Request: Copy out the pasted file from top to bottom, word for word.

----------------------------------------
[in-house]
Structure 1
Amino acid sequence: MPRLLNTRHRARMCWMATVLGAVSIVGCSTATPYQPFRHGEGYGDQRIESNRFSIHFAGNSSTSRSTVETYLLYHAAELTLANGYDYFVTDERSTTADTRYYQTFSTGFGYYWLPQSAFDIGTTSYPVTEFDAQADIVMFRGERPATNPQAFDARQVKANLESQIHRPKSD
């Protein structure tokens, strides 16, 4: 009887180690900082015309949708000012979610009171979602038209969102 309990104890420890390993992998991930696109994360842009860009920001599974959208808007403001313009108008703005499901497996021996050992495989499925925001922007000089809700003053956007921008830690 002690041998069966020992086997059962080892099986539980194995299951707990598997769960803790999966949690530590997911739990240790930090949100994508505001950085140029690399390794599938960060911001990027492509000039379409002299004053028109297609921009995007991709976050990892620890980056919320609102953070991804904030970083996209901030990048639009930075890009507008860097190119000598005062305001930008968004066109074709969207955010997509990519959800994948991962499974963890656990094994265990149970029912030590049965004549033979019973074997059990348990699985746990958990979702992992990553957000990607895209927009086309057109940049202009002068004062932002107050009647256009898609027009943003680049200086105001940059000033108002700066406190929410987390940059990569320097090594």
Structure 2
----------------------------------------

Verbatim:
[in-house]
Structure 1
Amino acid sequence: MPRLLNTRHRARMCWMATVLGAVSIVGCSTATPYQPFRHGEGYGDQRIESNRFSIHFAGNSSTSRSTVETYLLYHAAELTLANGYDYFVTDERSTTADTRYYQTFSTGFGYYWLPQSAFDIGTTSYPVTEFDAQADIVMFRGERPATNPQAFDARQVKANLESQIHRPKSD
């Protein structure tokens, strides 16, 4: 009887180690900082015309949708000012979610009171979602038209969102 309990104890420890390993992998991930696109994360842009860009920001599974959208808007403001313009108008703005499901497996021996050992495989499925925001922007000089809700003053956007921008830690 002690041998069966020992086997059962080892099986539980194995299951707990598997769960803790999966949690530590997911739990240790930090949100994508505001950085140029690399390794599938960060911001990027492509000039379409002299004053028109297609921009995007991709976050990892620890980056919320609102953070991804904030970083996209901030990048639009930075890009507008860097190119000598005062305001930008968004066109074709969207955010997509990519959800994948991962499974963890656990094994265990149970029912030590049965004549033979019973074997059990348990699985746990958990979702992992990553957000990607895209927009086309057109940049202009002068004062932002107050009647256009898609027009943003680049200086105001940059000033108002700066406190929410987390940059990569320097090594």
Structure 2